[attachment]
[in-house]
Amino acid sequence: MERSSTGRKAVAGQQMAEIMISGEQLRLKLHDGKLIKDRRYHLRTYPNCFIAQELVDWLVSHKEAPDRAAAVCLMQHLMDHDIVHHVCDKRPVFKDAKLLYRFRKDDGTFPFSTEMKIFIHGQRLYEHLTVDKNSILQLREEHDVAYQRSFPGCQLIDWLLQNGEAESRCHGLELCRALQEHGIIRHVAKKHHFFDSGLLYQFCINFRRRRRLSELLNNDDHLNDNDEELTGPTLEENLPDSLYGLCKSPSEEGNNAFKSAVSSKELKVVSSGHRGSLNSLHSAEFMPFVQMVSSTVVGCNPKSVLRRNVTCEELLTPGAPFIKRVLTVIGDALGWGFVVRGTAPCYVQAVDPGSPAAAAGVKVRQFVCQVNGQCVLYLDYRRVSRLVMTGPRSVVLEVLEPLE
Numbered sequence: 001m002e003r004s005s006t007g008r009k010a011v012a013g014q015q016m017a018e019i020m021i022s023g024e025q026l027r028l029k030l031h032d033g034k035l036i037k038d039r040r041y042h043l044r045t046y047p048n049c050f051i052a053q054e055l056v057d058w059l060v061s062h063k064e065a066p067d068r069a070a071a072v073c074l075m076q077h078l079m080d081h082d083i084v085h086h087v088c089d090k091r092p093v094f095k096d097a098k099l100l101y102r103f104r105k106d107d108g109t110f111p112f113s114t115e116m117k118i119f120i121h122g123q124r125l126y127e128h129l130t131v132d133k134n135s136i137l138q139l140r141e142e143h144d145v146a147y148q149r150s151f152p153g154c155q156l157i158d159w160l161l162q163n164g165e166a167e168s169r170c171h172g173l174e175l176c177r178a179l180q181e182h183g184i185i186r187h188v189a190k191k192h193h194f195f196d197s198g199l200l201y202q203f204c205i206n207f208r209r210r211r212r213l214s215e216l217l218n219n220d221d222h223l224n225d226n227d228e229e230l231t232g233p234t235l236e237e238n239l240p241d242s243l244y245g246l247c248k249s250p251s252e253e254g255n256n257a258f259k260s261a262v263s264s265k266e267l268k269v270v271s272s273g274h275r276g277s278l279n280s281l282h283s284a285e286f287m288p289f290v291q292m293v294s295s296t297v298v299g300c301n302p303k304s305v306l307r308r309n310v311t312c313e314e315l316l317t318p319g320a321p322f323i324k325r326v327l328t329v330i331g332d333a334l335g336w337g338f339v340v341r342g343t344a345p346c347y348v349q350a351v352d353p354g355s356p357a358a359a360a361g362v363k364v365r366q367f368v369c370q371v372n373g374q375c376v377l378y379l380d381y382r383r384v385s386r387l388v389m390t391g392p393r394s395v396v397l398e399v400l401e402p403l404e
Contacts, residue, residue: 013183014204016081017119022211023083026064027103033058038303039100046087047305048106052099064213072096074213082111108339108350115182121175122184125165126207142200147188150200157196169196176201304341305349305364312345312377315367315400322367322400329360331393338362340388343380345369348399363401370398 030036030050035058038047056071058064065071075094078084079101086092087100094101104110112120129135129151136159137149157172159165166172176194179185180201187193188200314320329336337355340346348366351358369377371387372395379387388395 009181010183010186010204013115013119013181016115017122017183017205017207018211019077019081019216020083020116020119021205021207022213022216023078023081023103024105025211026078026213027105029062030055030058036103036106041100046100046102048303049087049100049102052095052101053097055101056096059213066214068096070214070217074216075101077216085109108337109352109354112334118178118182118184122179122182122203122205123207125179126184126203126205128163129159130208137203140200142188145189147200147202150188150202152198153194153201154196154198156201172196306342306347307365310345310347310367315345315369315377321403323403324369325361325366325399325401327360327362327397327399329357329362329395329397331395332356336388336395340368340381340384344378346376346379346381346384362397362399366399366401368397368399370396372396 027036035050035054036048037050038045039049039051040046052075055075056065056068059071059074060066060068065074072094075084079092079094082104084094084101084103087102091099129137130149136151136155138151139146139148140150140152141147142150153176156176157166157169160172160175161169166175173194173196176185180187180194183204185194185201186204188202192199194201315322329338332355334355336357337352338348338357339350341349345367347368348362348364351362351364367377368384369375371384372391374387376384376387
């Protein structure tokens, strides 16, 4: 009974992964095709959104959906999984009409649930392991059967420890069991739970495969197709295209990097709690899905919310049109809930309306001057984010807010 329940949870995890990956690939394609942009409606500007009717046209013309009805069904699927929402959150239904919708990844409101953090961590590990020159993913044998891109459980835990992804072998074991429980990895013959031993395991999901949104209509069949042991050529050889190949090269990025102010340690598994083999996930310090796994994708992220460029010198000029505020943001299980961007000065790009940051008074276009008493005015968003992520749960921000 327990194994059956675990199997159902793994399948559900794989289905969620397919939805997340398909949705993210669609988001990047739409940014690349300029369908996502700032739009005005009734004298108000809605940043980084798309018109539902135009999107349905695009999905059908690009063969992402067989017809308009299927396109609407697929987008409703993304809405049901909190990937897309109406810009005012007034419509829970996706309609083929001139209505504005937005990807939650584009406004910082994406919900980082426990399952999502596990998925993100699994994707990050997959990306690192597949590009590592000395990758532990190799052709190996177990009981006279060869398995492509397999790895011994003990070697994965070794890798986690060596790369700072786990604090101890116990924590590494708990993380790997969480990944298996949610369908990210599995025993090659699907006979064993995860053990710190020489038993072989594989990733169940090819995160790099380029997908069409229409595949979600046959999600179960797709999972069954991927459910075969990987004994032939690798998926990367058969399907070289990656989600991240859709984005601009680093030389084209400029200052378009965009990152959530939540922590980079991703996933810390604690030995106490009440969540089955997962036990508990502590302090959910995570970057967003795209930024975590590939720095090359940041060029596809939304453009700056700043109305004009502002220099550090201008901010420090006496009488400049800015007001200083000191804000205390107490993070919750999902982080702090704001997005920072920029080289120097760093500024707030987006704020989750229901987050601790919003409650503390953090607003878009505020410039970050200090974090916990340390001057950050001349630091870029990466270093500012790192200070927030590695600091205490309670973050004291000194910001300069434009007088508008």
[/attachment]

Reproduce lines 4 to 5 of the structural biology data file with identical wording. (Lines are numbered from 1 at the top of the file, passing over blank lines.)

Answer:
Contacts, residue, residue: 013183014204016081017119022211023083026064027103033058038303039100046087047305048106052099064213072096074213082111108339108350115182121175122184125165126207142200147188150200157196169196176201304341305349305364312345312377315367315400322367322400329360331393338362340388343380345369348399363401370398 030036030050035058038047056071058064065071075094078084079101086092087100094101104110112120129135129151136159137149157172159165166172176194179185180201187193188200314320329336337355340346348366351358369377371387372395379387388395 009181010183010186010204013115013119013181016115017122017183017205017207018211019077019081019216020083020116020119021205021207022213022216023078023081023103024105025211026078026213027105029062030055030058036103036106041100046100046102048303049087049100049102052095052101053097055101056096059213066214068096070214070217074216075101077216085109108337109352109354112334118178118182118184122179122182122203122205123207125179126184126203126205128163129159130208137203140200142188145189147200147202150188150202152198153194153201154196154198156201172196306342306347307365310345310347310367315345315369315377321403323403324369325361325366325399325401327360327362327397327399329357329362329395329397331395332356336388336395340368340381340384344378346376346379346381346384362397362399366399366401368397368399370396372396 027036035050035054036048037050038045039049039051040046052075055075056065056068059071059074060066060068065074072094075084079092079094082104084094084101084103087102091099129137130149136151136155138151139146139148140150140152141147142150153176156176157166157169160172160175161169166175173194173196176185180187180194183204185194185201186204188202192199194201315322329338332355334355336357337352338348338357339350341349345367347368348362348364351362351364367377368384369375371384372391374387376384376387
């Protein structure tokens, strides 16, 4: 009974992964095709959104959906999984009409649930392991059967420890069991739970495969197709295209990097709690899905919310049109809930309306001057984010807010 329940949870995890990956690939394609942009409606500007009717046209013309009805069904699927929402959150239904919708990844409101953090961590590990020159993913044998891109459980835990992804072998074991429980990895013959031993395991999901949104209509069949042991050529050889190949090269990025102010340690598994083999996930310090796994994708992220460029010198000029505020943001299980961007000065790009940051008074276009008493005015968003992520749960921000 327990194994059956675990199997159902793994399948559900794989289905969620397919939805997340398909949705993210669609988001990047739409940014690349300029369908996502700032739009005005009734004298108000809605940043980084798309018109539902135009999107349905695009999905059908690009063969992402067989017809308009299927396109609407697929987008409703993304809405049901909190990937897309109406810009005012007034419509829970996706309609083929001139209505504005937005990807939650584009406004910082994406919900980082426990399952999502596990998925993100699994994707990050997959990306690192597949590009590592000395990758532990190799052709190996177990009981006279060869398995492509397999790895011994003990070697994965070794890798986690060596790369700072786990604090101890116990924590590494708990993380790997969480990944298996949610369908990210599995025993090659699907006979064993995860053990710190020489038993072989594989990733169940090819995160790099380029997908069409229409595949979600046959999600179960797709999972069954991927459910075969990987004994032939690798998926990367058969399907070289990656989600991240859709984005601009680093030389084209400029200052378009965009990152959530939540922590980079991703996933810390604690030995106490009440969540089955997962036990508990502590302090959910995570970057967003795209930024975590590939720095090359940041060029596809939304453009700056700043109305004009502002220099550090201008901010420090006496009488400049800015007001200083000191804000205390107490993070919750999902982080702090704001997005920072920029080289120097760093500024707030987006704020989750229901987050601790919003409650503390953090607003878009505020410039970050200090974090916990340390001057950050001349630091870029990466270093500012790192200070927030590695600091205490309670973050004291000194910001300069434009007088508008």